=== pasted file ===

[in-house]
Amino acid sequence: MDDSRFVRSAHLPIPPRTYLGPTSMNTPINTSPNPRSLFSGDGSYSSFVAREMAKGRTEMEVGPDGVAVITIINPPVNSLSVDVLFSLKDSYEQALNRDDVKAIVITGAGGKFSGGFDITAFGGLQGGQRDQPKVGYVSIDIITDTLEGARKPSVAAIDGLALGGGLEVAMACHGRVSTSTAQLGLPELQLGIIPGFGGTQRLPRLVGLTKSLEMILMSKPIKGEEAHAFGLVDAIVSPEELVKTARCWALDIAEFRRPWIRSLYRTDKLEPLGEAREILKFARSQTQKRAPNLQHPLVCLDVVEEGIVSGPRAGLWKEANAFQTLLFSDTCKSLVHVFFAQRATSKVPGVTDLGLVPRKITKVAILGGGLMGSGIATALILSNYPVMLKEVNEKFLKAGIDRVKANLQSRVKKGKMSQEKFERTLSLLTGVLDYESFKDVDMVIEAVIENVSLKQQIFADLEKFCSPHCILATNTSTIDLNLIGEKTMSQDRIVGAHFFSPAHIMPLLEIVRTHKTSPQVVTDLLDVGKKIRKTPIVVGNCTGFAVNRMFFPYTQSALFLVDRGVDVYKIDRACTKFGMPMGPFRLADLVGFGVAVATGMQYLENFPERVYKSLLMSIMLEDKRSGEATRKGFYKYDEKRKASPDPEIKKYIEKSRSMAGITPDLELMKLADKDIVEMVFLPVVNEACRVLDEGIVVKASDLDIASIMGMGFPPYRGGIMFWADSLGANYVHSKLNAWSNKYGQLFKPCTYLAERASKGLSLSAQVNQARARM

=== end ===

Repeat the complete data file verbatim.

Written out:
[in-house]
Amino acid sequence: MDDSRFVRSAHLPIPPRTYLGPTSMNTPINTSPNPRSLFSGDGSYSSFVAREMAKGRTEMEVGPDGVAVITIINPPVNSLSVDVLFSLKDSYEQALNRDDVKAIVITGAGGKFSGGFDITAFGGLQGGQRDQPKVGYVSIDIITDTLEGARKPSVAAIDGLALGGGLEVAMACHGRVSTSTAQLGLPELQLGIIPGFGGTQRLPRLVGLTKSLEMILMSKPIKGEEAHAFGLVDAIVSPEELVKTARCWALDIAEFRRPWIRSLYRTDKLEPLGEAREILKFARSQTQKRAPNLQHPLVCLDVVEEGIVSGPRAGLWKEANAFQTLLFSDTCKSLVHVFFAQRATSKVPGVTDLGLVPRKITKVAILGGGLMGSGIATALILSNYPVMLKEVNEKFLKAGIDRVKANLQSRVKKGKMSQEKFERTLSLLTGVLDYESFKDVDMVIEAVIENVSLKQQIFADLEKFCSPHCILATNTSTIDLNLIGEKTMSQDRIVGAHFFSPAHIMPLLEIVRTHKTSPQVVTDLLDVGKKIRKTPIVVGNCTGFAVNRMFFPYTQSALFLVDRGVDVYKIDRACTKFGMPMGPFRLADLVGFGVAVATGMQYLENFPERVYKSLLMSIMLEDKRSGEATRKGFYKYDEKRKASPDPEIKKYIEKSRSMAGITPDLELMKLADKDIVEMVFLPVVNEACRVLDEGIVVKASDLDIASIMGMGFPPYRGGIMFWADSLGANYVHSKLNAWSNKYGQLFKPCTYLAERASKGLSLSAQVNQARARM